The improved construction method of Challenger’s airframe made it considerably lighter than Columbia, resulting in its capacity to carry heavier payloads. Astronauts preferred flying in Challenger as its flight deck was much more spacious and its instrument panels were not as cluttered as those of Columbia. In fact, Challenger was the first Space Shuttle to be equipped with HUDs (Head Up Displays) and became the first shuttle to carry a crew of five. As a matter of interest, Challenger was also the first Shuttle to have a female crew member as well as the first to have an African American as part of the crew.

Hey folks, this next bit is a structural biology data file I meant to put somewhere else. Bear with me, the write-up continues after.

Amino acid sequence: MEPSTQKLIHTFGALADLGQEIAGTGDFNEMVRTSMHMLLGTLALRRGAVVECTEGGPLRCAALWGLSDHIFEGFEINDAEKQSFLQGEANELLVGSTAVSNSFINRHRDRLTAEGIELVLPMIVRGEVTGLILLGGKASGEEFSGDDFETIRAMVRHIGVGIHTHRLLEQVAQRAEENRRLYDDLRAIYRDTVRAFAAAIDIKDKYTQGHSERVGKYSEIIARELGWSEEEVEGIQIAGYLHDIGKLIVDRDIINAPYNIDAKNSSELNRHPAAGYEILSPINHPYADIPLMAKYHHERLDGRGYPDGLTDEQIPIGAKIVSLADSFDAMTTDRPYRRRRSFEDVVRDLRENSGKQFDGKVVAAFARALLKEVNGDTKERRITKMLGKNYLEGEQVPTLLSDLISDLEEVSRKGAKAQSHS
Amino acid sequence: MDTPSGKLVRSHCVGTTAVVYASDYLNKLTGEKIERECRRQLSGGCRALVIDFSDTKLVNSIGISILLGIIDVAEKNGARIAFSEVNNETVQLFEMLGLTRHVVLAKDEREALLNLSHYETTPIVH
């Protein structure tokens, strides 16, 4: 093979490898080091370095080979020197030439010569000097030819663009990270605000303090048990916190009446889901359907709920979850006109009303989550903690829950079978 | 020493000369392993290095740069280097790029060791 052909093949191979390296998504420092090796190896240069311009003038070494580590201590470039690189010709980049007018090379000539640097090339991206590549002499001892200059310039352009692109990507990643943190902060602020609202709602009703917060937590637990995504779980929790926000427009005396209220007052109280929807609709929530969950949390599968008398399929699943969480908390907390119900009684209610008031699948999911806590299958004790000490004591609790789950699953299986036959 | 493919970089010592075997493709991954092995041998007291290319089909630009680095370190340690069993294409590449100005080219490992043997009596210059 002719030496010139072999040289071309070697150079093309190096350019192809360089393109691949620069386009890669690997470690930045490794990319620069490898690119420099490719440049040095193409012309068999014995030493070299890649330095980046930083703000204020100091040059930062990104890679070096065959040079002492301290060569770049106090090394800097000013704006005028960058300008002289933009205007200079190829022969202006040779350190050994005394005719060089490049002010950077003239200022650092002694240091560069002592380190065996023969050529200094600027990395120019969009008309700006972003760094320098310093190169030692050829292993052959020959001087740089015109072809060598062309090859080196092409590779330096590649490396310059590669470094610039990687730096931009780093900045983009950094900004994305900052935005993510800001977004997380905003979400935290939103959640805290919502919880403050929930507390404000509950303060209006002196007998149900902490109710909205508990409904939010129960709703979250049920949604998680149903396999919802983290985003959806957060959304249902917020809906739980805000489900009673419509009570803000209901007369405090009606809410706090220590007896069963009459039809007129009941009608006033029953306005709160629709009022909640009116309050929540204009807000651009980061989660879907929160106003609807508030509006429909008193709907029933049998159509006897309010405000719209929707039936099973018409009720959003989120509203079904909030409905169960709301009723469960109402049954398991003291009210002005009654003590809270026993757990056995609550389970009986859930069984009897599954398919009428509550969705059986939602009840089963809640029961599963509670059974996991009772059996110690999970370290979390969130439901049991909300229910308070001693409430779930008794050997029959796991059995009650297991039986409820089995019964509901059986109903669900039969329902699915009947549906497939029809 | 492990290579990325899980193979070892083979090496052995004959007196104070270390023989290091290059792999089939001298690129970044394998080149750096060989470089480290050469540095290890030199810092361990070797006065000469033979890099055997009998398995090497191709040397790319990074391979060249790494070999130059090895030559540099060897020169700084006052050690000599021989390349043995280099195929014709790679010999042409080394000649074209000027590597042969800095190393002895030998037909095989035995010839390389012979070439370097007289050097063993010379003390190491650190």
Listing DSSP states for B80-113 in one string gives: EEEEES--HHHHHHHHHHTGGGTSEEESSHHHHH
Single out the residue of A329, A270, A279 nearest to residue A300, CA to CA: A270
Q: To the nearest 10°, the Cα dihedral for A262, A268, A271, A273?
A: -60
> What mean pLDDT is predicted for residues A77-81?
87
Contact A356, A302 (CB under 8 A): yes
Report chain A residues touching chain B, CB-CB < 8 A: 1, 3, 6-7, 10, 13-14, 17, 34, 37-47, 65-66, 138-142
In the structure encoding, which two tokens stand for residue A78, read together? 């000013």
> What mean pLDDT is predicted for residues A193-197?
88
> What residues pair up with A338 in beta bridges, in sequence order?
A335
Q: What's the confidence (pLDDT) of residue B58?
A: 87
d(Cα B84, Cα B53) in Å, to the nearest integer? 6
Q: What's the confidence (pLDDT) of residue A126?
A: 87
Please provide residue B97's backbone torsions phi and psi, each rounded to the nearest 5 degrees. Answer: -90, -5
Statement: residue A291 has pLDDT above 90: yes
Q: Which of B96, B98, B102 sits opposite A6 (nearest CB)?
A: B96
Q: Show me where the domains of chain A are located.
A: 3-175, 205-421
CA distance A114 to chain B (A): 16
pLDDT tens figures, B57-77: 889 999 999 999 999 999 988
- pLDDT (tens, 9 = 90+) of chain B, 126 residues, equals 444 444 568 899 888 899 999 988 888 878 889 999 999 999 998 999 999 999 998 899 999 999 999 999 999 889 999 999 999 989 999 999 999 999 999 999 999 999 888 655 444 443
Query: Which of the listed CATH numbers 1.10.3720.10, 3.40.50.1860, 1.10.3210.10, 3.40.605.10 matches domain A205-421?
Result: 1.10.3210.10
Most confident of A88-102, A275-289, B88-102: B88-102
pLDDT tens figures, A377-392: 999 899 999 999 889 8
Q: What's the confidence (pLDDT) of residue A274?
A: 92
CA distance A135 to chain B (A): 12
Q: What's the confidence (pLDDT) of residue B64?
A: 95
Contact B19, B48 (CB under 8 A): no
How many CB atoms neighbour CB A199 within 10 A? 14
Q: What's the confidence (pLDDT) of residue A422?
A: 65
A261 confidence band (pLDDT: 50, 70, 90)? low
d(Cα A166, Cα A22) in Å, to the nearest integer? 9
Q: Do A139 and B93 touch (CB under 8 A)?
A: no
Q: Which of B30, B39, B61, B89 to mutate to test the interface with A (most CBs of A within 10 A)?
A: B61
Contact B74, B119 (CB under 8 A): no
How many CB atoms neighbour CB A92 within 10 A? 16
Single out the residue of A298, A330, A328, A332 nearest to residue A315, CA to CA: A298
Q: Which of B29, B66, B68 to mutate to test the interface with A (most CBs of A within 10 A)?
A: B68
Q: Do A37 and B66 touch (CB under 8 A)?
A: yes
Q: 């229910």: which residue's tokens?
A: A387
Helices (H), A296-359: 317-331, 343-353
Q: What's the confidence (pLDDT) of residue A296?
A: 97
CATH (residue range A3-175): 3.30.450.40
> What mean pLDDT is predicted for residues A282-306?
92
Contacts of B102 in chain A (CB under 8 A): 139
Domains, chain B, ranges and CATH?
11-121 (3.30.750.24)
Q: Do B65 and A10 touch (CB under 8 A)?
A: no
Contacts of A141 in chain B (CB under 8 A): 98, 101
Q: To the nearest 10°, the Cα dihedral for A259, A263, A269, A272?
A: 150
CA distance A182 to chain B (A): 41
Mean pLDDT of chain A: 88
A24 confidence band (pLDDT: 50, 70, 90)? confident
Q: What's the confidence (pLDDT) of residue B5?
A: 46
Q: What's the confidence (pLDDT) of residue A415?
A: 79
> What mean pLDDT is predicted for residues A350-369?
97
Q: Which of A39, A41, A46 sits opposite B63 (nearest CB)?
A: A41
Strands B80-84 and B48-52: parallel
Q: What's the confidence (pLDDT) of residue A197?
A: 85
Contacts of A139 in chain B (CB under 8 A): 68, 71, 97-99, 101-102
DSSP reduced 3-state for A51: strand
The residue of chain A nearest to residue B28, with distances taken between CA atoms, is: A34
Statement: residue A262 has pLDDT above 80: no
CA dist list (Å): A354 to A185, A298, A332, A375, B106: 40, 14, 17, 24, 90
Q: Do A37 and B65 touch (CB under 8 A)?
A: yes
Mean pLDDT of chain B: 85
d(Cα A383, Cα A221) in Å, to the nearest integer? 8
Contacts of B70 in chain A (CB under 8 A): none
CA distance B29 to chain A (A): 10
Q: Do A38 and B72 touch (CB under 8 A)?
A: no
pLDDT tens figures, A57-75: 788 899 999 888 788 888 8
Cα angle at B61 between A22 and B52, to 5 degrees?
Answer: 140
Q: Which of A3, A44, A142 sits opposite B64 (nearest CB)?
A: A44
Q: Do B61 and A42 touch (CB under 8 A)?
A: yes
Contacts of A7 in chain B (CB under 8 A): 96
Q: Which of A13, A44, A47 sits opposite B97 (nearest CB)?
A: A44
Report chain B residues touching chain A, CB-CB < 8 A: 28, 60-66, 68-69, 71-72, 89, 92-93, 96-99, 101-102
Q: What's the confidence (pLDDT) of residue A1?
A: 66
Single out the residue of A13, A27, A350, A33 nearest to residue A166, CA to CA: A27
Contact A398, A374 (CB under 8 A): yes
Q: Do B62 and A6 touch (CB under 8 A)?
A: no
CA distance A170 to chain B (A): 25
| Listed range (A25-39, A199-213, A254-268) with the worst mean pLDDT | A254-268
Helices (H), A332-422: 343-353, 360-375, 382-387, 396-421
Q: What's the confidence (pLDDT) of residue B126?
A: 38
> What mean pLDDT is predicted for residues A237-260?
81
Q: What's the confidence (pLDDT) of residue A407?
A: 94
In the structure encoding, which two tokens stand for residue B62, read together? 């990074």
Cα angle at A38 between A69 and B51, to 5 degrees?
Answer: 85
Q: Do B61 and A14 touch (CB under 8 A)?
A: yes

Later on, it became normal practice to have a crew of seven onboard the craft, while the maximum number of the crew was eight. However, in an emergency there would be sufficient space for ten people. In theory, it would be possible for a two-man crew to fly a shuttle into orbit, in order to rescue eight crew members of a stranded orbiter.
Programme managers used Challenger more often than other shuttles, as it could be prepared for the next flight in less time than other orbiters. This was mainly due to its incredible reliability. The first spacewalk of the Space Shuttle programme took place during Challenger’s maiden flight. During its third mission, it became the first orbiter to launch and land at night. Challenger was also the first Space Shuttle to land at Kennedy Space Centre. In short, every Challenger mission became a groundbreaking flight.
A typical mission